Friday, October 23, 2015
That Early Halloween in Pascagoula
In the First Self-Righteous Church
In that sleepy little town of Pascagoula
It was a fight for survival that broke out in revival
They were jumpin' pews and shouting, "Hallelujah!"*
(*From Ray Stevens' song, "The Great Mississippi Squirrel Revival," music and lyrics by Carlene Kalb)
The 11th day of October marked 42 years (1973) since something amazing is alleged to have occurred near a riverbank in Pascagoula, Mississippi. The great musical artist and comedian Ray Stevens once recorded a funny song about a squirrel on the loose in a Pascagoula church, but we doubt he ever envisioned a UFO abduction on the banks of the Pascagoula River.
Reports of temporary abductions by UFO occupants have long been accepted with skepticism among some inhabitants of the cautious and deeply contemplative parts of the UFO research community, and various theories have popped up which continue to fail in explaining the overall force behind or implications of the phenomenon. The first time the American public was confronted with the serious side of the issue via mass media occurred when the late John G. Fuller produced his book, The Interrupted Journey, extensive portions of which were serialized in a newsstand magazine. Exploring in depth the alleged sixties UFO close encounter and physical examination of Barney and Betty Hill by presumed aliens, Fuller's book proved a sensation, and the man and woman on the street became profoundly intrigued by the possibility that we-are-not-alone right here on Earth (an early TV movie about the Hill case also appeared, and another is currently in production).
Of all the abduction reports I've read about over the years, a particularly absurd tale from Mississippi -- at first glance -- is THE one that leaves me wondering all the more. Now, usually I try to do a special blog on Halloween for reasons of which there are no reasons, but I think the alleged UFO abduction of (the late) Charles Hickson and his younger friend Calvin Parker in Pascagoula deserves the telling, over and over again.
We touched upon this incident in almost a dozen blog entries during past years (a Pascagoula Google search at the top of this page will collate them nicely for you, all on one page). However, new details emerged, thanks to an article by reporter Natalie Chambers in later years, and it seems quite possible that a car full of U.S. Navy personnel literally observed a strange-looking aircraft glide into the area of claimed abduction at the time it supposedly occurred. Chambers' fascinating piece no longer seems to appear on the Internet, where it resided for a few years, but I referenced it more completely than I had previously in a blog entry regarding the incident entitled, The Extraordinary Witness (see link at end).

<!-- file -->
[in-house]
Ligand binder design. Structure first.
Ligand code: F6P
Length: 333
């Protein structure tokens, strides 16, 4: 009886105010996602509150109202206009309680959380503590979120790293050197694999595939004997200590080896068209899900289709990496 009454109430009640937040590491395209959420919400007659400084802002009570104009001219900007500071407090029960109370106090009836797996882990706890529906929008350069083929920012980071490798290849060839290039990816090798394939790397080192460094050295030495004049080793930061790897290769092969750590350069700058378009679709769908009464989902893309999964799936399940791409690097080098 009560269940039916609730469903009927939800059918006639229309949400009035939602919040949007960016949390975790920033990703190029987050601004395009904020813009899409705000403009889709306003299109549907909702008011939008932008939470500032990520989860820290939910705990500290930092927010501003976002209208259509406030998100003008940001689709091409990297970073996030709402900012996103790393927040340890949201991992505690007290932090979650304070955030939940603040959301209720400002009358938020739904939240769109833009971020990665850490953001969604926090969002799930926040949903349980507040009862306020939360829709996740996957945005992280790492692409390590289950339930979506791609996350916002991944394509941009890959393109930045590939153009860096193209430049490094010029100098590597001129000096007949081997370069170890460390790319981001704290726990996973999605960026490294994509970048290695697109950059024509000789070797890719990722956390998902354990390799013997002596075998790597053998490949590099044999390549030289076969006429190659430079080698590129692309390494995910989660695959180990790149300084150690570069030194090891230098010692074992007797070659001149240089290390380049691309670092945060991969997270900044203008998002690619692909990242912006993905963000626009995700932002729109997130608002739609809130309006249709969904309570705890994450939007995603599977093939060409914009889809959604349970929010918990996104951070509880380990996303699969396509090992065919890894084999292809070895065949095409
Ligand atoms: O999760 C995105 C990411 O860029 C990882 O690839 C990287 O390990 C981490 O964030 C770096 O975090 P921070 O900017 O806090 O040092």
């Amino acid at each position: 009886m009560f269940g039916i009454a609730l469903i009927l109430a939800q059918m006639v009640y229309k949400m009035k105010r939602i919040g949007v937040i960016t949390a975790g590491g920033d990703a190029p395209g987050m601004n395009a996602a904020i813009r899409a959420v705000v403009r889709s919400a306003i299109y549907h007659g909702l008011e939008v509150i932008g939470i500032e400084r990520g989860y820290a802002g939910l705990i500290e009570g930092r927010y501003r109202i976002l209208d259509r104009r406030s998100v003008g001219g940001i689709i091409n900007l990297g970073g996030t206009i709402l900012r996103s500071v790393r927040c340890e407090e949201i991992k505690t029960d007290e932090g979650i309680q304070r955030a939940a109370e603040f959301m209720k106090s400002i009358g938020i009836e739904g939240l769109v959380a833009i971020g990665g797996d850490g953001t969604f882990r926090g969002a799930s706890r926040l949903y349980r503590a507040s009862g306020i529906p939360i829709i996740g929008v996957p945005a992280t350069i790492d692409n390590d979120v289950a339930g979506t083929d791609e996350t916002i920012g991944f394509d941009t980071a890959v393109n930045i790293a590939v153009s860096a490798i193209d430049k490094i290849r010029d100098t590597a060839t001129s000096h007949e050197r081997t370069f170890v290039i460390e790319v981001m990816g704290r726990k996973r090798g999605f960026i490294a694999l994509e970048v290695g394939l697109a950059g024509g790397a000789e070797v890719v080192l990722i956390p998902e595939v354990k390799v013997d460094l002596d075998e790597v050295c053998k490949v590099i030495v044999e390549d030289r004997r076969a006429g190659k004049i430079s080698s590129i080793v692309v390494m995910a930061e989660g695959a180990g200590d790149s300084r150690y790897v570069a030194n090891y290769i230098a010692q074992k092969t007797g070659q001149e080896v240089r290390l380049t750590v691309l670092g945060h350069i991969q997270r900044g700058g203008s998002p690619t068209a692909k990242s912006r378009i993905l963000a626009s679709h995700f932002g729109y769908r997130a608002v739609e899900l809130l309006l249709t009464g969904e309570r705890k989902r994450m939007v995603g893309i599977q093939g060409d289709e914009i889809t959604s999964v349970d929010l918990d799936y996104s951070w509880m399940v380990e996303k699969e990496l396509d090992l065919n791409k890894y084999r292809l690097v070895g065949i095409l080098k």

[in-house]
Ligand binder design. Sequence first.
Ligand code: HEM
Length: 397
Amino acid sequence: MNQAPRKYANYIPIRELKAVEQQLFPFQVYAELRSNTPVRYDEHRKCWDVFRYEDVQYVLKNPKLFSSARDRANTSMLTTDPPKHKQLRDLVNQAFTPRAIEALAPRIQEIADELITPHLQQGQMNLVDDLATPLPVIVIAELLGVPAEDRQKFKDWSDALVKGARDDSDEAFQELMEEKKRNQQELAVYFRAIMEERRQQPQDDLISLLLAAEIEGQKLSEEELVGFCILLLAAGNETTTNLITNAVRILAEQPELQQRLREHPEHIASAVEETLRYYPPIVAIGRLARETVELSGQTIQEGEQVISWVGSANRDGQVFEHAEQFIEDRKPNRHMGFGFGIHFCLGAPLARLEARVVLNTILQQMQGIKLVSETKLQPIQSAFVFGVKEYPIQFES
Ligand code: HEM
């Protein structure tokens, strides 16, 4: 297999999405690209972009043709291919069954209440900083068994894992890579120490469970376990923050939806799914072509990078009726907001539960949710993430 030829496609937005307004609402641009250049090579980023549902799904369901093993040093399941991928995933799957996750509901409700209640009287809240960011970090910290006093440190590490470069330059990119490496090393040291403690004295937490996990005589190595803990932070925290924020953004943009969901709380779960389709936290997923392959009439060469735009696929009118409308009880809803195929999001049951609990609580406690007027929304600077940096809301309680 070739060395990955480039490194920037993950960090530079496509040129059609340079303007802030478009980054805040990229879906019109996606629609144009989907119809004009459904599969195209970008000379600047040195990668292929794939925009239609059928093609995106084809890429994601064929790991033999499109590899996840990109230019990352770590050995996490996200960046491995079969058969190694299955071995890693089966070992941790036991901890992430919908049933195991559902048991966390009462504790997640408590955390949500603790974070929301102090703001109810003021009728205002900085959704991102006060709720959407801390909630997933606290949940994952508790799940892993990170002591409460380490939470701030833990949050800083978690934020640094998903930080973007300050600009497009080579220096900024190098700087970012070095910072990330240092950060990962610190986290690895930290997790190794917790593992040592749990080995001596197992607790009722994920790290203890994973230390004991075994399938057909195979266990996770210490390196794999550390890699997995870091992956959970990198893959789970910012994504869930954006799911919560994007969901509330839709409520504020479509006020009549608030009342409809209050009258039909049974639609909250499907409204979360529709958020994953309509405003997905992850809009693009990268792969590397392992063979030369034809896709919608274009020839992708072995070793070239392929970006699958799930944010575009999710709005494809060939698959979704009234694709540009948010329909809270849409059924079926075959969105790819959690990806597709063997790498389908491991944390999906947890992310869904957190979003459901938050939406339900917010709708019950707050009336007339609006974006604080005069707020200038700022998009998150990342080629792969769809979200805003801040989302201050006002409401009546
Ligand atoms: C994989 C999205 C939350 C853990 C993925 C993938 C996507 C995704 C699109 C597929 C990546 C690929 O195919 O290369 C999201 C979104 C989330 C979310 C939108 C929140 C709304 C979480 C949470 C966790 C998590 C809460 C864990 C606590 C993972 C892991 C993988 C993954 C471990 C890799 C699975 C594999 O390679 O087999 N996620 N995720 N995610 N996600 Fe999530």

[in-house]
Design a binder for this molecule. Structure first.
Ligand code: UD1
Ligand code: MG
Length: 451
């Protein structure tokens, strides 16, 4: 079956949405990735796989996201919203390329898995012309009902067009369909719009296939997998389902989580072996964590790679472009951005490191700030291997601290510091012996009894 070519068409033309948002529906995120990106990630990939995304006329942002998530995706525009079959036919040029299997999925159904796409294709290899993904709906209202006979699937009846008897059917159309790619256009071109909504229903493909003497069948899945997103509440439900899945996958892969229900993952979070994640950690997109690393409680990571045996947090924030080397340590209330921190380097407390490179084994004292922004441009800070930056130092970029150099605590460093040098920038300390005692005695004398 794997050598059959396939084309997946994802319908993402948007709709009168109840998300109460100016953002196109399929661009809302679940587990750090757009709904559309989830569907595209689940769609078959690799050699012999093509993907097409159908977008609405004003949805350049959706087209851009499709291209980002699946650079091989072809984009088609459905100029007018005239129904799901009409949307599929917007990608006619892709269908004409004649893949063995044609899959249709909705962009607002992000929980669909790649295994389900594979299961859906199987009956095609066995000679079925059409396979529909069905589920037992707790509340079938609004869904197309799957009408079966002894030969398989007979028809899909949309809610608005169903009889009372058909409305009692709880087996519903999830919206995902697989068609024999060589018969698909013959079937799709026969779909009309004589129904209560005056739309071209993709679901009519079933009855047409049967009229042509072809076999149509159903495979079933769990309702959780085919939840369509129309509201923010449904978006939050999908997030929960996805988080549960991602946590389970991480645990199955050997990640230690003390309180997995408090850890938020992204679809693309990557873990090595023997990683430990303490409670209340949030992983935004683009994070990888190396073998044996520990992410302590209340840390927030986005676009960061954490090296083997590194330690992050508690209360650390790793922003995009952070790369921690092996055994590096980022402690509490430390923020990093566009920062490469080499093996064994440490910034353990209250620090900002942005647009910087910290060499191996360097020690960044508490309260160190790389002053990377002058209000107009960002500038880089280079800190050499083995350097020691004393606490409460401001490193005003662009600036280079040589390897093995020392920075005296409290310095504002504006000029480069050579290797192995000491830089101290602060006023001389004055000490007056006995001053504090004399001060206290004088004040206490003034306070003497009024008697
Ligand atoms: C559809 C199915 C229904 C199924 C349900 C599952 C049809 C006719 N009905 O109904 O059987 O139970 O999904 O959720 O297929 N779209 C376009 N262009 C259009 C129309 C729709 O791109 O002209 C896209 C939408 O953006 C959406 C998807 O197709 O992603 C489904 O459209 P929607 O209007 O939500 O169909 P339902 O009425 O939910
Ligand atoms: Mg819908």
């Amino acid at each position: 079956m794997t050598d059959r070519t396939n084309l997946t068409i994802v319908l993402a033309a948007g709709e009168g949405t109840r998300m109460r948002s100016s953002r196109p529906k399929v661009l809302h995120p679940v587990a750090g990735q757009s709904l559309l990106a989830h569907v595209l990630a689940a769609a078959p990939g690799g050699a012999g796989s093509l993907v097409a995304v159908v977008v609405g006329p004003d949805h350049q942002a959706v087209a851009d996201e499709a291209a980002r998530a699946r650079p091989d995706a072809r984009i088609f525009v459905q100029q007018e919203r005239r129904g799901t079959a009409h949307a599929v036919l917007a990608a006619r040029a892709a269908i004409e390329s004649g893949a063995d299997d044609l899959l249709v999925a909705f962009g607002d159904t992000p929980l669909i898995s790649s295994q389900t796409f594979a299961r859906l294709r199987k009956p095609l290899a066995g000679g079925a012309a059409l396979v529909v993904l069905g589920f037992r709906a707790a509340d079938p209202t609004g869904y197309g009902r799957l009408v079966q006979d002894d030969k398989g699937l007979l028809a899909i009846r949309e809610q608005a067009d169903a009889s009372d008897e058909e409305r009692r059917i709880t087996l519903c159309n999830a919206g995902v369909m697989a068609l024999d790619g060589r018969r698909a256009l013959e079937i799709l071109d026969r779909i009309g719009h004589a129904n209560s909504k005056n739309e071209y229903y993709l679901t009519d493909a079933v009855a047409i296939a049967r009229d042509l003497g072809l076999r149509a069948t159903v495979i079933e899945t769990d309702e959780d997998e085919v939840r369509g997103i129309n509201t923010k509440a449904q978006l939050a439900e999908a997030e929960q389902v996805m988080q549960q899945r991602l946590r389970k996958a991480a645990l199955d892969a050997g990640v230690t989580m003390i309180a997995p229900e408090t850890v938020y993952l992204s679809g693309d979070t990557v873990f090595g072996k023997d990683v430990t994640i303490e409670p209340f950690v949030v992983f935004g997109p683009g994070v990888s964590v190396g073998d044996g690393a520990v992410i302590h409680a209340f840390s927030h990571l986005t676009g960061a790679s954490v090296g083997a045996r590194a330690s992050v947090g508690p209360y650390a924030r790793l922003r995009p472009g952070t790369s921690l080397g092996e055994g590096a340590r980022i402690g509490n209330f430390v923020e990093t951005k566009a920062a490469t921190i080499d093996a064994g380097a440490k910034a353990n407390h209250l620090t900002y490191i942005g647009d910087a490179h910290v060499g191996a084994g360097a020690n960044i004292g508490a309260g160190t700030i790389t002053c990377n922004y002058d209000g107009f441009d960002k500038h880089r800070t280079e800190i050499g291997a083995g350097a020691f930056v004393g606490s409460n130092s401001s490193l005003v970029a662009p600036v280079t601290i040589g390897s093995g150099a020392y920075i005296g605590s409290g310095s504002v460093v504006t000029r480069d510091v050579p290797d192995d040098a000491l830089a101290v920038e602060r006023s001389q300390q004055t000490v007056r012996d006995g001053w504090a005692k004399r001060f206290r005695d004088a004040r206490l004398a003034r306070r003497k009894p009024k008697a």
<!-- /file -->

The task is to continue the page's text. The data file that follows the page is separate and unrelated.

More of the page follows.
Further, a newspaper interview with Calvin Parker of recent vintage currently remains on the Internet at: http://blog.gulflive.com/mississippi-press-news/2013/10/calvin_bryant_tells_his_story.html
If true, the Pascagoula encounter's significance cannot be underestimated, and keep in mind that officials and other investigators who spoke with the men were impressed with their honesty, clarity and evident fear. Unfortunately, perhaps because Hickson and Parker's description of the robot-like entities which terrified them looked TOO otherworldly, some folks were all too willing to write this event off. But the surfacing of revelations about additional witnesses -- Navy personnel and their names, as documented by reporter Natalie Chambers -- adds an intriguing level of credibility.
So happy Halloween, and you, too, may agree that the disturbing report of Charles Hickson and Calvin Parker fares way better than a plain old Halloween ghost story. If you’ve not read our entry, The Extraordinary Witness, you can find it right here: http://robert-barrow.blogspot.com/2008/12/extraordinary-witness.html